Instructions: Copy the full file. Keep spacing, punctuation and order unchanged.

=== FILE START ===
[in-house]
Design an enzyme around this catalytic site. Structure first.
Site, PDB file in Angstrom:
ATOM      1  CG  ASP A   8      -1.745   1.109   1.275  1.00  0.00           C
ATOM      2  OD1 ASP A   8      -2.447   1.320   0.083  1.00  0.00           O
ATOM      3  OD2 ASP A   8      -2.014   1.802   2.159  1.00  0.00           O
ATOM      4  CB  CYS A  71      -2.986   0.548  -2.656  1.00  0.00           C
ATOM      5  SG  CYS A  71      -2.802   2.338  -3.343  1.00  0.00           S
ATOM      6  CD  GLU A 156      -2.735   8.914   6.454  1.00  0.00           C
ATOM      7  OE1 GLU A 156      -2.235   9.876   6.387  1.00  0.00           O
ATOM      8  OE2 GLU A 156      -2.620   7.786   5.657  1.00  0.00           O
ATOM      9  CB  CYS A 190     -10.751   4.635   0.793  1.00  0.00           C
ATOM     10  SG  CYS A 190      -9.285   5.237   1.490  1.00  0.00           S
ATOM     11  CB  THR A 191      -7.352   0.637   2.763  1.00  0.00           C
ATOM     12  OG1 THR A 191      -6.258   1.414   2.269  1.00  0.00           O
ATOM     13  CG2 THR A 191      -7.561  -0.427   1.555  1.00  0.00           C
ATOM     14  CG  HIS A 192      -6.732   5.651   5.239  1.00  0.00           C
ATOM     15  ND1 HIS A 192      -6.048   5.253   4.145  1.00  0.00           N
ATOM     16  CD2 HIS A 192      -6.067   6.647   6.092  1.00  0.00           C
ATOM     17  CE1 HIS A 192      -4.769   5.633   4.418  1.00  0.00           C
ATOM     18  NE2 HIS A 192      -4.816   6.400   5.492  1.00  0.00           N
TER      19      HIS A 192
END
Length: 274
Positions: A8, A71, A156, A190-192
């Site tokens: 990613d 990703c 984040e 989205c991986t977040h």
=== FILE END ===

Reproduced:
[in-house]
Design an enzyme around this catalytic site. Structure first.
Site, PDB file in Angstrom:
ATOM      1  CG  ASP A   8      -1.745   1.109   1.275  1.00  0.00           C
ATOM      2  OD1 ASP A   8      -2.447   1.320   0.083  1.00  0.00           O
ATOM      3  OD2 ASP A   8      -2.014   1.802   2.159  1.00  0.00           O
ATOM      4  CB  CYS A  71      -2.986   0.548  -2.656  1.00  0.00           C
ATOM      5  SG  CYS A  71      -2.802   2.338  -3.343  1.00  0.00           S
ATOM      6  CD  GLU A 156      -2.735   8.914   6.454  1.00  0.00           C
ATOM      7  OE1 GLU A 156      -2.235   9.876   6.387  1.00  0.00           O
ATOM      8  OE2 GLU A 156      -2.620   7.786   5.657  1.00  0.00           O
ATOM      9  CB  CYS A 190     -10.751   4.635   0.793  1.00  0.00           C
ATOM     10  SG  CYS A 190      -9.285   5.237   1.490  1.00  0.00           S
ATOM     11  CB  THR A 191      -7.352   0.637   2.763  1.00  0.00           C
ATOM     12  OG1 THR A 191      -6.258   1.414   2.269  1.00  0.00           O
ATOM     13  CG2 THR A 191      -7.561  -0.427   1.555  1.00  0.00           C
ATOM     14  CG  HIS A 192      -6.732   5.651   5.239  1.00  0.00           C
ATOM     15  ND1 HIS A 192      -6.048   5.253   4.145  1.00  0.00           N
ATOM     16  CD2 HIS A 192      -6.067   6.647   6.092  1.00  0.00           C
ATOM     17  CE1 HIS A 192      -4.769   5.633   4.418  1.00  0.00           C
ATOM     18  NE2 HIS A 192      -4.816   6.400   5.492  1.00  0.00           N
TER      19      HIS A 192
END
Length: 274
Positions: A8, A71, A156, A190-192
């Site tokens: 990613d 990703c 984040e 989205c991986t977040h």